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Björk asks for world’s help to protect Iceland’s wilderness

06 November 2015, 10:56 | Written by Paul Bridgewater

Björk has hit out against plans to build over 50 dams and power plants in her home country - a move that could have a drastic and irreversible impact on Iceland’s nature and wildlife.

Speaking at a press conference this morning in Iceland on behalf of Protect the Park - which seeks to preserve Iceland’s nature and wildlife - the musician explained, “Icelanders have a deadline. We have eleven more days to protest these plans. We propose to start a national park in our highlands. We ask the world to support us against our government. Help us to protect our wilderness.”

Protect the Park is trying to combine the forces of Iceland’s environmental organisations to fight the plans and build a national park in Iceland’s highlands.

The proposed power line would cut the central highlands into two. With 90 percent of all energy in Iceland already going to heavy industry, the nature of Iceland - the organisation claims - cannot provide all the energy needed to complete the project. Eleven more days of the planning process remain for Icelanders to register their dissent against the plans.

“I’m not forcing my views on Icelanders, said Björk, “I know 80 percent of Icelanders [support] this. I”ve decided to put all my energy into Iceland and all my time away from my music I’ve put into this battle. I can be more valuable here in Iceland and get more done than…if I were to fly around the world and fight global warming.”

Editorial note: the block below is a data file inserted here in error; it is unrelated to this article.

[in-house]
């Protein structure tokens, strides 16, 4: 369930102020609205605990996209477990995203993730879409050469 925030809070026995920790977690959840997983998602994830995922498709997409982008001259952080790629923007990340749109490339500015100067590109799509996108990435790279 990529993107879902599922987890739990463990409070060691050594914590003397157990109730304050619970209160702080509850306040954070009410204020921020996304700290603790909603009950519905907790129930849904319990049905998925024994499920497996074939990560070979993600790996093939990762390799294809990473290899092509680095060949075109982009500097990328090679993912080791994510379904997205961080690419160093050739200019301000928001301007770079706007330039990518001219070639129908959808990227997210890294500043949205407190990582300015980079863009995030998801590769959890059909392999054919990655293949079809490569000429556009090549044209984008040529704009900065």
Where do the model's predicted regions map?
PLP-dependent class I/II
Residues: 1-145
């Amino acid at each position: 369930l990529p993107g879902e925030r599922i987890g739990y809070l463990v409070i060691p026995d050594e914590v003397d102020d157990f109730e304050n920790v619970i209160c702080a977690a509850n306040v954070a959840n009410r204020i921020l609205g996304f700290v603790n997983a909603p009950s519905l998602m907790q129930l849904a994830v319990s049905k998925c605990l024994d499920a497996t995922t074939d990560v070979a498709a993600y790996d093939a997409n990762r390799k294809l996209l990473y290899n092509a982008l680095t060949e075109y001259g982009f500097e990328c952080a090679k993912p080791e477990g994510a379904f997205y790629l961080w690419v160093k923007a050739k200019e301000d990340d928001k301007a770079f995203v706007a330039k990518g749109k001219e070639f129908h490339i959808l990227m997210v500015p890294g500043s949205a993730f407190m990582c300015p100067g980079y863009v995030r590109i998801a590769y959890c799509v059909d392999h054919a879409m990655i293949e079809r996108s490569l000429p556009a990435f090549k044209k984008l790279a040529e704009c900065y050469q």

”We’re all doing this in our free time…we’re volunteers,” Björk added. “We’re artists pretending we’re really good at statistics!”

Addressing the foreign press present, Björk added, “Your support means a lot…just to say you agree with us means a lot. Your views…mirror back here to the people in power.”

The press conference also flagged the threat of David Cameron’s plans for Iceland’s volcanos to heat UK homes via the world’s longest subsea cable. The move is intended to provided sustainable, long-term renewable energy. “We’ve seen the hype before and we’ve seen the damage that has to be done to harness this energy…there’s not more nature available for silica factories and the cable. Tell elf stories, tell cute things, but when it comes to engineering, use facts,” added renowned writer and environmentalist Andri Snær Magnason.

Cameron was in Iceland last week meeting with Prime Minister Sigmundur David Gunnlaugsson about the planned cable. The move is intended to provide sustainable, long-term renewable energy.

The announcement took place half-way through the annual Iceland Airwaves Music Festival where Björk was originally slated to play before cancelling all live appearances earlier this year.

Find out more about the initiative at and

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